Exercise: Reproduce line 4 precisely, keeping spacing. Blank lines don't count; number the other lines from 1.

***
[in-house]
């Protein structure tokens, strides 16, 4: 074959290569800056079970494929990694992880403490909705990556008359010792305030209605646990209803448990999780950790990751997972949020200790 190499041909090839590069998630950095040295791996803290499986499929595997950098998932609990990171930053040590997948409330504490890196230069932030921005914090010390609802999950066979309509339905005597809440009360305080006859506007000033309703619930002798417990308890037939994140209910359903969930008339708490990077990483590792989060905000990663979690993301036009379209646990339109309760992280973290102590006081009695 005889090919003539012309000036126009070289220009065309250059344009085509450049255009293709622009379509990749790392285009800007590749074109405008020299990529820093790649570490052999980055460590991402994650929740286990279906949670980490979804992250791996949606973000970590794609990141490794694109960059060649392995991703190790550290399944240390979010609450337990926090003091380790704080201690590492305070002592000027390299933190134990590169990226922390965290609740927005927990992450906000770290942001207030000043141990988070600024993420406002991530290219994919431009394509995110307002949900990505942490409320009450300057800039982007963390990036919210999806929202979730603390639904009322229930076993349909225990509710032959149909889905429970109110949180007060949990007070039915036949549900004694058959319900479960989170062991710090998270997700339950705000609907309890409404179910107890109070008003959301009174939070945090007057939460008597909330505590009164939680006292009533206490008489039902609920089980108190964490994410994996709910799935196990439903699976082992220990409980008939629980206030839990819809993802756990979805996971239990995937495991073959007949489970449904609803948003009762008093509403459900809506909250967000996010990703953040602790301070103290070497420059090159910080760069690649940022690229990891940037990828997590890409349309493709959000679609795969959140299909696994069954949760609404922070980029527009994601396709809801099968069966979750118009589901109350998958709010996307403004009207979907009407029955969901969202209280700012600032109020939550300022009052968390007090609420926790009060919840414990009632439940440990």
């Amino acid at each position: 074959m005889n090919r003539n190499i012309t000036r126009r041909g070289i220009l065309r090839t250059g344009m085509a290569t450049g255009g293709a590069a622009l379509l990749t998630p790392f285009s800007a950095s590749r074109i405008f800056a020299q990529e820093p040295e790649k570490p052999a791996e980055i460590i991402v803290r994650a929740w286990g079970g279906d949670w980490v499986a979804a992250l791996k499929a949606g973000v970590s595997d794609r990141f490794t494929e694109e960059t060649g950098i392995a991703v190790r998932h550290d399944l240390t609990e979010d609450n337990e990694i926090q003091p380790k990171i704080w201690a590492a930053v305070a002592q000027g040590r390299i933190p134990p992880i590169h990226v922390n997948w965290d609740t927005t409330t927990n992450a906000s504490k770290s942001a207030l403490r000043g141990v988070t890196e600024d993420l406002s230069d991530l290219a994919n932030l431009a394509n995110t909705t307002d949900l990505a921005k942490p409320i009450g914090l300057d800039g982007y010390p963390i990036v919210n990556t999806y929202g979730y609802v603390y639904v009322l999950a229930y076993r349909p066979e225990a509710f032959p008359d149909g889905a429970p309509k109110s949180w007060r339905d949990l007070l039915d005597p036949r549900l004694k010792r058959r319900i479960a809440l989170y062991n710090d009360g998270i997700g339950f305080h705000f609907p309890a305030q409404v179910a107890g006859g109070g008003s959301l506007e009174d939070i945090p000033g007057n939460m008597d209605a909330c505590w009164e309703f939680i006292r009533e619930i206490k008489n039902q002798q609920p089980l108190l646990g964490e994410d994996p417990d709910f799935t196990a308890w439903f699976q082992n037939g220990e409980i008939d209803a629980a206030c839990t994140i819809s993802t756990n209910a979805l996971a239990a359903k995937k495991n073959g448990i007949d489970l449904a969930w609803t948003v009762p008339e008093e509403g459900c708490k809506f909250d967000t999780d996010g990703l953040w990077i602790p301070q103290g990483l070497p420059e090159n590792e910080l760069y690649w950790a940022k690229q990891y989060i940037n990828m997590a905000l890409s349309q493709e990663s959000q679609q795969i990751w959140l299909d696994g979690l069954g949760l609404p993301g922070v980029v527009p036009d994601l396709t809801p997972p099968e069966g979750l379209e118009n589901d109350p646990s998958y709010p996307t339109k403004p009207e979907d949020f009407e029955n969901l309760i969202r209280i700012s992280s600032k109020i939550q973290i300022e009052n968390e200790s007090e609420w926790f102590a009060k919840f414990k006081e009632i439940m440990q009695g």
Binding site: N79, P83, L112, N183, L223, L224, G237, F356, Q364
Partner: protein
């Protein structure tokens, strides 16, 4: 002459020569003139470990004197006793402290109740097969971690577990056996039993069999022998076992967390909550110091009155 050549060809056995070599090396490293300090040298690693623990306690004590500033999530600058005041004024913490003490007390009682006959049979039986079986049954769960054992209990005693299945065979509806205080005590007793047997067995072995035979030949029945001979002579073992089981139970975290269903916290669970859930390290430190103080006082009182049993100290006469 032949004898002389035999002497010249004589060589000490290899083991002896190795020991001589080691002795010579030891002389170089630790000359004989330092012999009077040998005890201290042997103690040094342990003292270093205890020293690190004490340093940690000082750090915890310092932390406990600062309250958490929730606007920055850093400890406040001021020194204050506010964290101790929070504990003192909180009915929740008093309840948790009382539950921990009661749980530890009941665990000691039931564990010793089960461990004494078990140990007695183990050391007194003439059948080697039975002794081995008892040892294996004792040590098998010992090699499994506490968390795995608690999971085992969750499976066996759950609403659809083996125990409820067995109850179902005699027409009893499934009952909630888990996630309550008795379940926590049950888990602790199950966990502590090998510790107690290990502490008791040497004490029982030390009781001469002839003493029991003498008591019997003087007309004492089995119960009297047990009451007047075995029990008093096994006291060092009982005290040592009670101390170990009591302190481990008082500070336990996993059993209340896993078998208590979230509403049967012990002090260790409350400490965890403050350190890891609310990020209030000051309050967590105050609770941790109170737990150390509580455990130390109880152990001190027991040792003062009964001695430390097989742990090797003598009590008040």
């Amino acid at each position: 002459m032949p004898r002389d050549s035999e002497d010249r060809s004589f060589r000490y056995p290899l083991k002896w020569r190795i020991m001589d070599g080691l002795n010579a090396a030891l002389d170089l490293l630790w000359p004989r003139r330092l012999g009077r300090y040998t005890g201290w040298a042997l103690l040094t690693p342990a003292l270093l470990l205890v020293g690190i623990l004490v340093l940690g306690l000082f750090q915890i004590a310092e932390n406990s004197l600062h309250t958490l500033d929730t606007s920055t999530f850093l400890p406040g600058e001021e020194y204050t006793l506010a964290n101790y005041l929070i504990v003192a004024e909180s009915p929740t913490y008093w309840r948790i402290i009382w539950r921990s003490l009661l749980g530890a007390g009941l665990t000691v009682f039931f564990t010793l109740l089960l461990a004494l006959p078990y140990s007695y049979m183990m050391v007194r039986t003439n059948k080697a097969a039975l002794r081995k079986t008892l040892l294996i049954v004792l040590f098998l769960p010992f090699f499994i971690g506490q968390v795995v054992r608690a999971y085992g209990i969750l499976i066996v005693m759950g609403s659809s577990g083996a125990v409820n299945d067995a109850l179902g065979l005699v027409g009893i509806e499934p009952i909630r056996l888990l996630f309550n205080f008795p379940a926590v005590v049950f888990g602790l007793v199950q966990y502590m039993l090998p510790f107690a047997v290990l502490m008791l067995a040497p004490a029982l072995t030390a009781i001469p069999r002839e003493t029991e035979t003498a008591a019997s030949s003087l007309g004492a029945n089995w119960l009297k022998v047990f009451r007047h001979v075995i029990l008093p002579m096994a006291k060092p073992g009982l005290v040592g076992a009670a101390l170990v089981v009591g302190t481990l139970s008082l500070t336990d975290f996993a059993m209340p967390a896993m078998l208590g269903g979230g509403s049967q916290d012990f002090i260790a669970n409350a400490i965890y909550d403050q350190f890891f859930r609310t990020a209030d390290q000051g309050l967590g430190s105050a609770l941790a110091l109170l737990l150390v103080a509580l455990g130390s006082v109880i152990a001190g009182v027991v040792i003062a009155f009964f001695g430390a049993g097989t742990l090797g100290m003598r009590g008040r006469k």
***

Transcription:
Binding site: N79, P83, L112, N183, L223, L224, G237, F356, Q364